Engaged Team Members
Engaged Team Members
In the book The 8th Habit, Stephen R. Covey cites a Harris Interactive poll surveying 23,000 US employees about their engagement with their companies’ goals and priorities. The following are some of the survey highlights:
- 37% of employees said they did not have a clear understanding of what their organization was trying to achieve and why.
- 1 in 5 felt enthusiastic about the organization’s goals.*
- 1 in 5 clearly understood his or her responsibilities and the organization’s goals.*
- 15% felt their organization fully allowed them to execute key goals.
To illustrate how concerning these statistics are, if the two “*” points applied to a basketball team, which has 5 players on the court, it would mean only 1 of the 5 would actually care if the team won or lost, and only 1 of the 5 players would actually know what he or she is supposed to be doing. This means 4 of the team members would be jogging or walking around the court aimlessly. Can you imagine watching such a game? Can you imagine the team taking the court and 4 of the players discussing with each other, “Which end is our basket? Do I play Center or Guard?” And then concluding, “Who cares!”?
While The 8th Habit was published in 2005, this is still an issue in Corporate America, and you likely have team members who are not fully engaged, who don’t understand your organization’s goals and who aren’t sure how his or her role supports that overall mission.
What can you do to ensure your team is different? Spend time with them in coaching sessions. Give them some performance feedback and listen to their opinions. Here are 4 suggestions to help you start.
- Keep it simple. Ask to meet the team member for 45 minutes, and explain the purpose of the meeting is to help him or her develop. Ask them to be prepared to share with you what they’re currently working on, what is going well, challenges, and how you can help. Stay curious throughout the conversation and continue to ask questions, listen, take notes and recap what you learned at the end. You can then set goals you can both work on until the next meeting, as well as set the agenda and date for the next session.
- Frequency. Most leaders meet with individual team members once a year for performance evaluations. Annual sessions end up being focused only on opportunities for improvement, compensation, and future promotions. On the other hand, monthly sessions allow you and the individual to identify goals, opportunities for growth and performance progression more regularly. This means the team member always knows where he or she is in her performance progression and is never guessing about what you think of him or her.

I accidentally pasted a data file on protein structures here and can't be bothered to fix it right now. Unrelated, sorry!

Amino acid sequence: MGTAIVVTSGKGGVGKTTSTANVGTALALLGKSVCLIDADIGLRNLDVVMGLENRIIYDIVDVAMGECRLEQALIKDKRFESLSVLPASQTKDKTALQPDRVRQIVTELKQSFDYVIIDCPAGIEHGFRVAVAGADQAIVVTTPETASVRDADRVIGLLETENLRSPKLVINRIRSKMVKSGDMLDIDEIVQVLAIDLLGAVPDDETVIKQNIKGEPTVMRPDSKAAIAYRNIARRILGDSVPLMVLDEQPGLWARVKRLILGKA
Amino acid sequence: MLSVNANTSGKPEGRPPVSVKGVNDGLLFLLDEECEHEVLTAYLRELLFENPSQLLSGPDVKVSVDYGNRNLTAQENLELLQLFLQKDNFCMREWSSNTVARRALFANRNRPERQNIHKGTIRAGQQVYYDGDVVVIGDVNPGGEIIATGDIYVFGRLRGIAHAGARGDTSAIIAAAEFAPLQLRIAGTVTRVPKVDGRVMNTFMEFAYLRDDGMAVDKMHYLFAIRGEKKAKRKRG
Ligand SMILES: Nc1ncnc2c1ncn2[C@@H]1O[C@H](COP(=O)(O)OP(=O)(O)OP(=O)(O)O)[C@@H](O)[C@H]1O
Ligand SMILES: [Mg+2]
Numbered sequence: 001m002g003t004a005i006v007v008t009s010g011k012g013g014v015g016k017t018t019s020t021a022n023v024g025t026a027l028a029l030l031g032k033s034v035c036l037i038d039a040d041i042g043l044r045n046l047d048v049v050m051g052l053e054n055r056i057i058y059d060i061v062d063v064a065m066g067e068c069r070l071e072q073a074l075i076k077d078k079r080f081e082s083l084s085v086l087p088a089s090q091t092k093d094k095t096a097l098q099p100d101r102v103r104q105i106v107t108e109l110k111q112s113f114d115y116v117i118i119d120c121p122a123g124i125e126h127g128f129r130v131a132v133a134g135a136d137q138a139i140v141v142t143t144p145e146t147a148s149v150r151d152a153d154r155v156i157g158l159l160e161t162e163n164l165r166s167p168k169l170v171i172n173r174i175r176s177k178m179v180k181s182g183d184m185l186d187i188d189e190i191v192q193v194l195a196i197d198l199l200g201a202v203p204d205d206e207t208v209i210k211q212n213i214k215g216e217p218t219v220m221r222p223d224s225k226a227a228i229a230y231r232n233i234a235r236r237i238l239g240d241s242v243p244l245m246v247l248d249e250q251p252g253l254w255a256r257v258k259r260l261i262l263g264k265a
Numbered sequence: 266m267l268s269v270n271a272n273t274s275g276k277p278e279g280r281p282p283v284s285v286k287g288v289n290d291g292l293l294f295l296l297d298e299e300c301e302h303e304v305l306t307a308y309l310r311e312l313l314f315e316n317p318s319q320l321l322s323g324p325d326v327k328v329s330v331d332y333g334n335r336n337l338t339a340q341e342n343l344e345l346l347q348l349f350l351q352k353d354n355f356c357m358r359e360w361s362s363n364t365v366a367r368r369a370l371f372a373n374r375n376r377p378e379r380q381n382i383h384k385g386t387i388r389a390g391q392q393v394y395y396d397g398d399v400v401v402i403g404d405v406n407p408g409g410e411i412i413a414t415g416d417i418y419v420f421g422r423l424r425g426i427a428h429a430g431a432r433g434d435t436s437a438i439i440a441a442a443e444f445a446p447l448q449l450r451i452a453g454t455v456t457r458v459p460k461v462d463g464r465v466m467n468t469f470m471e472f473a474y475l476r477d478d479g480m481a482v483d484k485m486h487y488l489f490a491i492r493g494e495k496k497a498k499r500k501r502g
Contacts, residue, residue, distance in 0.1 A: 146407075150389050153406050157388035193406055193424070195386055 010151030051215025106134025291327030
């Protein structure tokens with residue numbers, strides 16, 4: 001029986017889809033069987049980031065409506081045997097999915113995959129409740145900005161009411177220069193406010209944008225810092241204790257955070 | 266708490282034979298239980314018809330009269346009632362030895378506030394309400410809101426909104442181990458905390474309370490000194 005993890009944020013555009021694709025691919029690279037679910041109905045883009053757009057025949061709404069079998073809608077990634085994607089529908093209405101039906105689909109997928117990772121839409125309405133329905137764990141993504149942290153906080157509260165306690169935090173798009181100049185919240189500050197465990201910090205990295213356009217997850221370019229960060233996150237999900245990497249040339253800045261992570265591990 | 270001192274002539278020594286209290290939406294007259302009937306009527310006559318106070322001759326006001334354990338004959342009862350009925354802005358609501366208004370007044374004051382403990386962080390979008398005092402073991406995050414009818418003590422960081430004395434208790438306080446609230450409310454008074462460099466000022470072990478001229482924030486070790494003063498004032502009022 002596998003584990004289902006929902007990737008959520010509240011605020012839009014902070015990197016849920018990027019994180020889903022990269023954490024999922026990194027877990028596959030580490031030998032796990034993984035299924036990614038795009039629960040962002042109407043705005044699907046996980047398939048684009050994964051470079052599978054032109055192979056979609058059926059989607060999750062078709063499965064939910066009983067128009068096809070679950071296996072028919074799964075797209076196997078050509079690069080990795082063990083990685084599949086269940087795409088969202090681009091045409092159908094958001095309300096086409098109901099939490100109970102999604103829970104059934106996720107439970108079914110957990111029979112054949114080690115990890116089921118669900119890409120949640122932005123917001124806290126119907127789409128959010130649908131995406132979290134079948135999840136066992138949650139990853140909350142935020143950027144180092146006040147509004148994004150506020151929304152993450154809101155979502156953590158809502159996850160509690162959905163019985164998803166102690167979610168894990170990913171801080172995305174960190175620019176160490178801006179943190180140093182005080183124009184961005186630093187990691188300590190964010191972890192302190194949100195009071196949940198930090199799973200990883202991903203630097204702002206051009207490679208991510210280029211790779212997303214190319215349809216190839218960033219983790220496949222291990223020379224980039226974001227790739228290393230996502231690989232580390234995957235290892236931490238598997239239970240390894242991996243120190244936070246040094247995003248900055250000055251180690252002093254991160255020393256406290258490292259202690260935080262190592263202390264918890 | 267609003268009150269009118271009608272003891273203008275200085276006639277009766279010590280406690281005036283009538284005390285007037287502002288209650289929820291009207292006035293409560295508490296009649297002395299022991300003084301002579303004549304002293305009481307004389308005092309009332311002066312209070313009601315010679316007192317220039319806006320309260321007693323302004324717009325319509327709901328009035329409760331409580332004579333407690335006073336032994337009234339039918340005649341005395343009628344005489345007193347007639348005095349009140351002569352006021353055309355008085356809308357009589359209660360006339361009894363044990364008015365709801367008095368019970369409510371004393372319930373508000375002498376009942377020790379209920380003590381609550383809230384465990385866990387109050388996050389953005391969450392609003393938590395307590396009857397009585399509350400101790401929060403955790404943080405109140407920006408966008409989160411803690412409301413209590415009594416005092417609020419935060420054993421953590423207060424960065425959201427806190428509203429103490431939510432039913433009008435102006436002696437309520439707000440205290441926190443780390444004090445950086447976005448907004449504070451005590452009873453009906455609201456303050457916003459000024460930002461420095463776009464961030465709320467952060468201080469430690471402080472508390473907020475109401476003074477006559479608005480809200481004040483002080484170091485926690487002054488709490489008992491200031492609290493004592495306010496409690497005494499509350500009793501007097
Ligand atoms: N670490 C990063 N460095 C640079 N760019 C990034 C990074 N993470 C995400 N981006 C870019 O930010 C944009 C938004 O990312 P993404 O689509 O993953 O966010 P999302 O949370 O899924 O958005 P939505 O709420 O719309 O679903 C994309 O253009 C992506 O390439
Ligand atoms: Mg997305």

- Focus on performance and the future. It is easy to get off track in these sessions. They can become employee complaint sessions, mired in some past problem or focused on compensation. These all take away from the purpose of developing the team member, aligning goals, and improving performance. Compensation and listening to complaints are important, but they should be done in a separate specific scheduled session.
- Keep the individual involved. In First Break All the Rules, authors Marcus Buckingham and Curt Coffman argue, “In many companies, ‘performance appraisal’ is something that happens to an employee.” Individuals show up to the session ready to listen, but not much else. It shouldn’t be this way. The individual team member needs to be actively involved and help manage these sessions. Have the team member be responsible for keeping track of performance, accomplishments, lessons learned, and skills developed. Make it a requirement for the employee to be ready to discuss these as well as their progress during each session. By keeping the team member involved, you will eventually find that he or she leads the session discussing future goals, what he or she wants to learn, and opportunities for improvement. You serve more as a coach and guide.
Make individual coaching and people development a priority. It may be hard at first, and you may not see immediate change. However, if you are patient and consistent, you will develop engaged team members and see a difference in both individual and team performance.